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Energy-efficient intelligent house that can learn our routines.
By Admin (from 09/03/2011 @ 08:00:34, in en - Global Observatory, read 1936 times)

InterHome, a model for a home developed by researchers at the University of Hertfordshire, incorporates modular custom design units and draws on standard home automation systems which have been adapted so that the house ‘learns’ and ‘adapts’ to its users’ lifestyles.

It will be unveiled at the finals of the Microsoft Imagine Cup which will be held in Cairo from 3-7 July. The prototype of the home, which has been developed in a doll’s house, integrates embedded devices with the industry standard X10, so that it provides convenience and security to the home owner and also enables them to reduce energy and contribute to reducing greenhouse and carbon emissions.

InterHome incorporates an intuitive touch screen user control panel that also allows the house to be monitored and controlled using web browsers, windows mobile and any SMS-capable mobile phone.

“InterHome improves on its competitors by being modular, adaptable and able to ‘learn’ our routines,” said Johann Siau, Senior Lecturer at the University’s School of Electronic, Communication & Electrical Engineering. “The technology enables the system to learn rapidly when we need the lights on or whether we are at home or at work and how the house needs to be at certain times of the day. If we forget to lock the front door or turn off the lights, it can text us and our response can reprogramme the system.”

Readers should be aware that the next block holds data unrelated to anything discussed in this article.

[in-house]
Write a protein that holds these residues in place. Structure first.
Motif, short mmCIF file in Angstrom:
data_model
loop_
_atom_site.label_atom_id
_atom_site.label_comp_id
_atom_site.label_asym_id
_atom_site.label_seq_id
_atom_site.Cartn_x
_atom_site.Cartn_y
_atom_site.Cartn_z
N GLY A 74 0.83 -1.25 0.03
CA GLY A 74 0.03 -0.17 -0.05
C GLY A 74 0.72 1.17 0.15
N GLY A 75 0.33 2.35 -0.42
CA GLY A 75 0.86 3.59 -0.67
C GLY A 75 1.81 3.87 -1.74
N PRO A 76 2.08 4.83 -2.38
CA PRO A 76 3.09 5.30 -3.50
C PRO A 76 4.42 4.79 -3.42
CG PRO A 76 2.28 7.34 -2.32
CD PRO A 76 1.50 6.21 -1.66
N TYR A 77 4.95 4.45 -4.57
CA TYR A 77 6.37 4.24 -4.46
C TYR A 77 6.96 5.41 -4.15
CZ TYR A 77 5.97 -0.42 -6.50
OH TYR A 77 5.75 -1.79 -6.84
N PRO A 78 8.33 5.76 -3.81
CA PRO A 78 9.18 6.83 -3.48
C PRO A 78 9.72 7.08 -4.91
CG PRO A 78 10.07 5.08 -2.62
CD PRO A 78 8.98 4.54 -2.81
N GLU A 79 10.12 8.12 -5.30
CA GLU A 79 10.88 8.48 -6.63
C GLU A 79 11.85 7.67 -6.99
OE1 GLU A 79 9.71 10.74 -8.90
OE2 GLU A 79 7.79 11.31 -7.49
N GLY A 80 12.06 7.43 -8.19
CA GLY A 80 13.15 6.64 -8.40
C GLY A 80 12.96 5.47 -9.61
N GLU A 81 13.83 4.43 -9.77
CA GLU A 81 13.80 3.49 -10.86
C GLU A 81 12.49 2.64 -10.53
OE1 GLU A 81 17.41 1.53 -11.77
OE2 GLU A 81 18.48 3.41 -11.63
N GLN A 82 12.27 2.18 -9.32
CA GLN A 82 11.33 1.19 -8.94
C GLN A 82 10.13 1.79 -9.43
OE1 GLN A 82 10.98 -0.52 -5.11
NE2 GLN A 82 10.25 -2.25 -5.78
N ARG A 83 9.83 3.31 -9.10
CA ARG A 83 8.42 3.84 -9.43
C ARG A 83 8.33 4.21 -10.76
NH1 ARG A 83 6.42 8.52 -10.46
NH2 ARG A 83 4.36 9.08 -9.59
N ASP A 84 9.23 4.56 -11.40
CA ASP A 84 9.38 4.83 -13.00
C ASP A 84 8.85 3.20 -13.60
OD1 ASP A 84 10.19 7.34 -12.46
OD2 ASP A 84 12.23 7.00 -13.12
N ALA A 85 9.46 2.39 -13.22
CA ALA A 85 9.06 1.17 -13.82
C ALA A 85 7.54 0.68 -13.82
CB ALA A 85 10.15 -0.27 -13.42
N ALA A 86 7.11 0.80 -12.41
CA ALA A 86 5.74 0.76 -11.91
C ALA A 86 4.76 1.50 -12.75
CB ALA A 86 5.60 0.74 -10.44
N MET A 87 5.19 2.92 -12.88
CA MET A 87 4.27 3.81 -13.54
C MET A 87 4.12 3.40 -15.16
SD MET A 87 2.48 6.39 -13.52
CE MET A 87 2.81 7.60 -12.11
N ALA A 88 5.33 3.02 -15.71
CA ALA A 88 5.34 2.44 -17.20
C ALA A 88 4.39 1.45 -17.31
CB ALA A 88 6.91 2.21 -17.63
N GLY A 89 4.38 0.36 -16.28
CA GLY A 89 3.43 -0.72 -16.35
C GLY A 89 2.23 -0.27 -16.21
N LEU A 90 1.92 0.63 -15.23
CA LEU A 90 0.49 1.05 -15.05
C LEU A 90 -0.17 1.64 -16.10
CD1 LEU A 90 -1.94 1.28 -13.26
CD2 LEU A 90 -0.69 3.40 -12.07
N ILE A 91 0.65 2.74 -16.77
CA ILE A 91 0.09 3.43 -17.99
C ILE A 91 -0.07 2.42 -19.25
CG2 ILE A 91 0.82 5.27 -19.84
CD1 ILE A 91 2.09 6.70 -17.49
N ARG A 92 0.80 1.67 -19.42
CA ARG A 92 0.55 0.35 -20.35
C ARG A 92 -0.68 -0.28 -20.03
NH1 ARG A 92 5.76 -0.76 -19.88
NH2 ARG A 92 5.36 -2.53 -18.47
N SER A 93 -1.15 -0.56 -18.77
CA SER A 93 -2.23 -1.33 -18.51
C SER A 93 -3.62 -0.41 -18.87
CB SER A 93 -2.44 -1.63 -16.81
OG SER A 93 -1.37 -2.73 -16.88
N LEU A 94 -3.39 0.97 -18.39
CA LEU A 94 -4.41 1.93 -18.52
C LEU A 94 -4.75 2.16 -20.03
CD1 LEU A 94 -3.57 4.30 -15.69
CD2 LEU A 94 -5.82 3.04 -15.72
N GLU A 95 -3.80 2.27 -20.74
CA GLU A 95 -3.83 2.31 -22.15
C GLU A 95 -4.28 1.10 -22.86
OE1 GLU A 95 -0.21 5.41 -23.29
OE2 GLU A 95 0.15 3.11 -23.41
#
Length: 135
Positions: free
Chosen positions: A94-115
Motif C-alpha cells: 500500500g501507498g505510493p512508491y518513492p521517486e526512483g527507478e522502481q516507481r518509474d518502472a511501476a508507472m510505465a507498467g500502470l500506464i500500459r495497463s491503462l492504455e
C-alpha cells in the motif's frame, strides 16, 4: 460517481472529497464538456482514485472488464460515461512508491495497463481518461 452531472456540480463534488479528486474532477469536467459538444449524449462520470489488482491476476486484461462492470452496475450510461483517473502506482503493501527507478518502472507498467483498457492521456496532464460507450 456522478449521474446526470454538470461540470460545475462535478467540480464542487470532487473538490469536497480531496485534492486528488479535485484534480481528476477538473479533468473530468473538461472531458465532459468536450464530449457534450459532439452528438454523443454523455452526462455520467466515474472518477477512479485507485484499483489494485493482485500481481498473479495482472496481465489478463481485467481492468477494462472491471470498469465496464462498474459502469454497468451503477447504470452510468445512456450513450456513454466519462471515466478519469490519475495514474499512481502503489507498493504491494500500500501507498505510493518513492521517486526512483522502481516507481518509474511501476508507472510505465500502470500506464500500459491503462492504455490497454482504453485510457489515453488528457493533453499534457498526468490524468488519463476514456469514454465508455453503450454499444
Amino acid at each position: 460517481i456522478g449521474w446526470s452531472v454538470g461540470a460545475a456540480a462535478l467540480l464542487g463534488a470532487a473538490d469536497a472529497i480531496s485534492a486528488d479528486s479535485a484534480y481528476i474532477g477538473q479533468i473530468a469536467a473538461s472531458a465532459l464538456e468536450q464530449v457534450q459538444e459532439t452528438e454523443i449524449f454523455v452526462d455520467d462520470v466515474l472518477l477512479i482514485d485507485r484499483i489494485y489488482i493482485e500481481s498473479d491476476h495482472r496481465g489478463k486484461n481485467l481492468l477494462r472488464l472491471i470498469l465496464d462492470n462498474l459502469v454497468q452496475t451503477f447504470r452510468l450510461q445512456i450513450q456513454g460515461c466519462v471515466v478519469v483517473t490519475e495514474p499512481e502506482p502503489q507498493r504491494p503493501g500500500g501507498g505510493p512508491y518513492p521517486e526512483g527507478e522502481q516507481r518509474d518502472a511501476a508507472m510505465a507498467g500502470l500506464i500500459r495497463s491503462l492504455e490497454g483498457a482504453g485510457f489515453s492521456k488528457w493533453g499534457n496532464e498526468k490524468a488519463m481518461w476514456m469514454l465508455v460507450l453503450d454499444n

Through this approach, InterHome can eradicate wasted energy within UK homes and make a difference to CO2 emission statistics when installed in enough houses. The prototype is now ready to be adopted by industry and the team led by Johann Siau, has been approached by several industry companies and are in discussion with the Building Research Establishment. The other members of the team are Ellis Percival and Carol Chen.

This development in 'home-intelligence' will continue to update our systems in the future. Some day every home in the world could have a centralized computer that monitors and regulates all the data from in and around the house. By inputting the user's personal preferences and patterns, the software will be able to emerge & evolve. By doing this, the software will be able to learn from your needs and habits to reach peak efficiency for every individual. Hereby reducing energy waste, while maximizing comfort and efficiency.

Source: Herts